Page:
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UNSW Chemists Invent New Type of Tiny Lab-on-a-Chip Device

UNSW Chemists Invent New Type of Tiny Lab-on-a-Chip Device

UNSW Australia chemists have invented a new type of tiny lab-on-a-chip device that could have a diverse range of applications, including to detect toxic gases, fabricate integrated circuits and screen biological molecules. [More]
Center for Advanced Design and Manufacturing of Integrated Microfluidics Established at UC-Irvine

Center for Advanced Design and Manufacturing of Integrated Microfluidics Established at UC-Irvine

On April 10, at the inaugural meeting of the newly established Center for Advanced Design and Manufacturing of Integrated Microfluidics (CADMIM), 13 industry partners joined Abraham Lee, UC-Irvine CADMIM Center Director, and Ian Papautsky, UC-CEAS CADMIM Center Director, at the UC Irvine Samuel School of Engineering. [More]
Microfluidics to Create Inexpensive ‘Lab on a Chip’ Wins SPARK Competition

Microfluidics to Create Inexpensive ‘Lab on a Chip’ Wins SPARK Competition

The Gordon and Betty Moore Foundation and Society for Science & the Public (SSP) today announced winners of the Science, Play and Research Kit (SPARK) Competition, a challenge to reimagine the chemistry set for the 21st century. Winners were selected in two categories: prototypes – projects that are operational and demonstrable - and ideations – fleshed out project ideas that have not yet been developed into prototypes, but have a strong potential for development. [More]
Tania Konry Develops ScanDrop for Detecting Variety of Biological Specimens

Tania Konry Develops ScanDrop for Detecting Variety of Biological Specimens

Northeastern University professor of pharmaceutical sciences, Tania Konry, has developed a single instrument that can conduct a wide range of biological scans in a fraction of the time and cost of industry standard equipment. That's because it uses considerably less material and ultra-sensitive detection methods to do the same thing. [More]
Optical Lab on a Chip with Nanometer Precision

Optical Lab on a Chip with Nanometer Precision

About the size of a stapler, this new handheld device developed at EFPL is able to test a large number of proteins in our body all at once-a subtle combination of optical science and engineering. [More]
‘Cell Force Measurements in 3D Environments’ Selected as Lab on a Chip HOT Article

‘Cell Force Measurements in 3D Environments’ Selected as Lab on a Chip HOT Article

Congratulations to Mattia Marelli and co-authors whose paper "Cell force measurements in 3D microfabricated environments based on compliant cantilevers" has been selected as an Lab on a Chip HOT Article. [More]
Lab on a Chip Publishes Paper on Cell Force Measurements in 3D Microfabricated Environments

Lab on a Chip Publishes Paper on Cell Force Measurements in 3D Microfabricated Environments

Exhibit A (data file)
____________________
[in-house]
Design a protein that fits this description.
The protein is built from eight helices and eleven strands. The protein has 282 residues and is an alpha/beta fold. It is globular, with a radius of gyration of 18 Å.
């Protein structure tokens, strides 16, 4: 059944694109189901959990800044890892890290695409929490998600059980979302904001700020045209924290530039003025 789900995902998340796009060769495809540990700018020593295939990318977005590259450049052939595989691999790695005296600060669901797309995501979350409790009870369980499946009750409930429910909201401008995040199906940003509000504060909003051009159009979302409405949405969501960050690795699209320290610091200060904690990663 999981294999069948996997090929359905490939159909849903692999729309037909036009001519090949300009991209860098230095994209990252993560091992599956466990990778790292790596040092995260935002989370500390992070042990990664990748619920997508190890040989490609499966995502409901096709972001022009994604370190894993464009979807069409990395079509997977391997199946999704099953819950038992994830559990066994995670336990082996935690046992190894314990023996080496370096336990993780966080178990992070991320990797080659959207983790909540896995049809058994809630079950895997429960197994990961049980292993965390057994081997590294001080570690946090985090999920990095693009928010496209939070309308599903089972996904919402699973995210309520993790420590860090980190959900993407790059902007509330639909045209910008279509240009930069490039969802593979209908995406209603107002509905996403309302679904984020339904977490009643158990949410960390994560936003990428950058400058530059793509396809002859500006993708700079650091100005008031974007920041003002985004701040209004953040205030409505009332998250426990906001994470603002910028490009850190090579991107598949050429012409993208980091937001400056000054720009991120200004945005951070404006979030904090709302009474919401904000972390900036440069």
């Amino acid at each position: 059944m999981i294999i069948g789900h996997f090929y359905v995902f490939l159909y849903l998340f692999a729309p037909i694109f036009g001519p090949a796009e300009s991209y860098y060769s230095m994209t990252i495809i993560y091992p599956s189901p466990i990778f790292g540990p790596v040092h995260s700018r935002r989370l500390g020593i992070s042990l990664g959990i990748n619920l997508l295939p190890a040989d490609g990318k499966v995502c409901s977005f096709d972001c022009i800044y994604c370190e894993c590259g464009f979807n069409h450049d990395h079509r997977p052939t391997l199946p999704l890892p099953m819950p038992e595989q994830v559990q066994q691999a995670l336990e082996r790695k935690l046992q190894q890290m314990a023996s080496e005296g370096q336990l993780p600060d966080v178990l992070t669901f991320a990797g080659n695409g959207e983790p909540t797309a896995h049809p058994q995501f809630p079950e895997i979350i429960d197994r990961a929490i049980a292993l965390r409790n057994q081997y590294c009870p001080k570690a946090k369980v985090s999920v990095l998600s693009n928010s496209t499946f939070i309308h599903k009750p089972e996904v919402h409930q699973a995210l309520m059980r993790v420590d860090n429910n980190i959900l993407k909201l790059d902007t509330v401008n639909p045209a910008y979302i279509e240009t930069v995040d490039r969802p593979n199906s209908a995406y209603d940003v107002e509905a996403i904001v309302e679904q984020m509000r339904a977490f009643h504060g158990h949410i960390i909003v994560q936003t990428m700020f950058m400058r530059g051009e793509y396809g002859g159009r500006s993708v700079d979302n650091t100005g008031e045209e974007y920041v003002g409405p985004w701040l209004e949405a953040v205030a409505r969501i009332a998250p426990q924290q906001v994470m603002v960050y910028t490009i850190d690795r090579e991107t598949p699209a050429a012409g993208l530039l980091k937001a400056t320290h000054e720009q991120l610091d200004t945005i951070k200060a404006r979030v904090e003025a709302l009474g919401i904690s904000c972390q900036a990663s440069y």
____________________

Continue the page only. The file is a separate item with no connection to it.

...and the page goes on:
Congratulations to Mattia Marelli and co-authors for their cover page paper "Cell force measurements in 3D microfabricated environments based on compliant cantilevers" published in Lab on a Chip. [More]
Bio-Nano-Chips Hold Promise for Non-Invasive Serial Serum Antiepileptic Drug Measurements

Bio-Nano-Chips Hold Promise for Non-Invasive Serial Serum Antiepileptic Drug Measurements

Medications remain the mainstay of epilepsy treatment, and to date there are no FDA-approved devices that provide an accurate means of detection for generalized tonic-clonic seizures (GTCS), or convulsions, during activities of daily living. [More]
Magnetite Nanofluid Manipulated by Magnets Could Prevent Hotspots in Plant Cooling Systems

Magnetite Nanofluid Manipulated by Magnets Could Prevent Hotspots in Plant Cooling Systems

Cooling systems generally rely on water pumped through pipes to remove unwanted heat. Now, researchers at MIT and in Australia have found a way of enhancing heat transfer in such systems by using magnetic fields, a method that could prevent hotspots that can lead to system failures. The system could also be applied to cooling everything from electronic devices to advanced fusion reactors, they say. [More]
Lab-on-a-Chip Device and Cell Phone Help Determine Concentration of HIV RNA Molecules

Lab-on-a-Chip Device and Cell Phone Help Determine Concentration of HIV RNA Molecules

In developing nations, rural areas, and even one's own home, limited access to expensive equipment and trained medical professionals can impede the diagnosis and treatment of disease. Many qualitative tests that provide a simple "yes" or "no" answer (like an at-home pregnancy test) have been optimized for use in these resource-limited settings. But few quantitative tests—those able to measure the precise concentration of biomolecules, not just their presence or absence—can be done outside of a laboratory or clinical setting. [More]